“It was kind of like an epiphany for me,” the young banker explained. “I haven’t even begun my banking job yet.” I’ve never worked in private equity. But that’s how insane it is. This is a very early, but strong, indication of how the culture works at private equity firms. Because they allow this behavior to continue. They don’t enable it; this is their behavior.”

As an example, they cited messages from headhunters stating that classes at top firms were quickly filling up. Looking back, the analyst believes it was a scare tactic, and that seats are still available.

“Honestly, it’s made me think that private equity, in particular, is just such an abusive industry,” they said. “Their expectation is that you shut up your mouth, give up all of your free time, have no personal life, no relationship time, no family time, and get barely any sleep — all because they just shoved $350,000 down your throat.”

$300,000 offers

On-cycle recruiting has crept up on candidates earlier and earlier over the years. As previously reported by Insider, it began the week before Labor Day last year, making it the earliest ever. However, 2023 blew that record out of the water, increasing it by nearly a month.

Earlier this year, the private-equity industry experienced a second round of recruiting, which was widely assumed to be the result of 2022’s early on-cycle start — candidates weren’t ready, firms didn’t fill their classes, and there were more open seats. As a result, industry experts predicted that firms would avoid repeating the cycle this year. That, however, was not the case.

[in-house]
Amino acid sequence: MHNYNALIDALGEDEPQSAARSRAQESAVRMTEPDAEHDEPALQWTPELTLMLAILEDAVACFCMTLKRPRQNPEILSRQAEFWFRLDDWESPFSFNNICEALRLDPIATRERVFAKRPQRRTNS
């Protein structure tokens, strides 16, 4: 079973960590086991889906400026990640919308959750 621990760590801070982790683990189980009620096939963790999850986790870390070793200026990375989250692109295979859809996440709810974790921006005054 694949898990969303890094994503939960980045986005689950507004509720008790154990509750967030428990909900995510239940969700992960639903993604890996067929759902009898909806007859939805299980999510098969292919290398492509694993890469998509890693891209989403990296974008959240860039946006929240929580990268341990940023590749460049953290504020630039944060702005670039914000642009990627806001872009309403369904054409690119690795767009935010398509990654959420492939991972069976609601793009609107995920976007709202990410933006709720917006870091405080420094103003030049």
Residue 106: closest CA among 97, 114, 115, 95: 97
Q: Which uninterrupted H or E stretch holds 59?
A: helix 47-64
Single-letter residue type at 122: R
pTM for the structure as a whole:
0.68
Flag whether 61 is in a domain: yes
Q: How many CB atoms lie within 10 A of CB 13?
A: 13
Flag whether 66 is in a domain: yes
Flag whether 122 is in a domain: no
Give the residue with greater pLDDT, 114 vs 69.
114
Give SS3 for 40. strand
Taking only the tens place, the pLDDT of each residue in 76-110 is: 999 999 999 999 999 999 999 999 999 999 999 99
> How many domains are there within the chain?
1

As a result, there is a pool of candidates who are eager for the jobs but are caught off guard and unprepared.

A private-equity employee who frequently mentors junior bankers told Insider that they were working with 10 candidates this year, and only two were offered positions.

According to this source, the two juniors were well-prepared for modeling exams and received offers totaling more than $300,000 all-in, whereas the other eight mentees felt unprepared and did not receive offers.

Another banker, who went through on-cycle last year and accepted an offer from a megafund, described the process as “ridiculous,” adding that the first-years at their firm were “upset.”

“PE firms need to make a pact to stop this or else they’re going to screw themselves — not just with lower quality candidates necessarily, but with people who aren’t even sure what they want to do,” said this person.

On Thursday night, headhunters warned the more than 700 bankers on the call about the risks of participating in a “Educational Zoom” webinar hosted by headhunting firm CPI.

“If I had a child who had to choose between on and off cycle,” the firm’s founder, Brian O’Callaghan, said in the call, according to a transcript of a recording reviewed by Insider.

“I would caution you against going ‘wave one’ because you might embarrass yourself.” And if you embarrass yourself, the only downside is that we’ll have seen you not perform well. We’ll get it, and that company will say, ‘eh, they weren’t prepared, they weren’t good enough.’ So I’d be cautious about that.”

O’Callaghan also told the bankers on the call that the off-cycle recruiting process would result in more placements than the on-cycle process, which he said would continue for the next 24 months.

“I don’t think anyone will try to fill their class, and I believe firms are hesitant to talk to people who haven’t done deals yet,” he said. “There will be more off-cycle placements than on-cycle placements.” Last year, most of our clients hired less than half of their analyst class in wave one.”

O’Callaghan did not respond immediately to Insider’s request for comment.

After witnessing the buyout industry’s chaos, the investment-banking analyst who is still in training for their job has decided to explore careers in other areas of finance.

“I’m not doing private equity anymore,” this individual stated. “It isn’t worth it.” My life isn’t worth it.”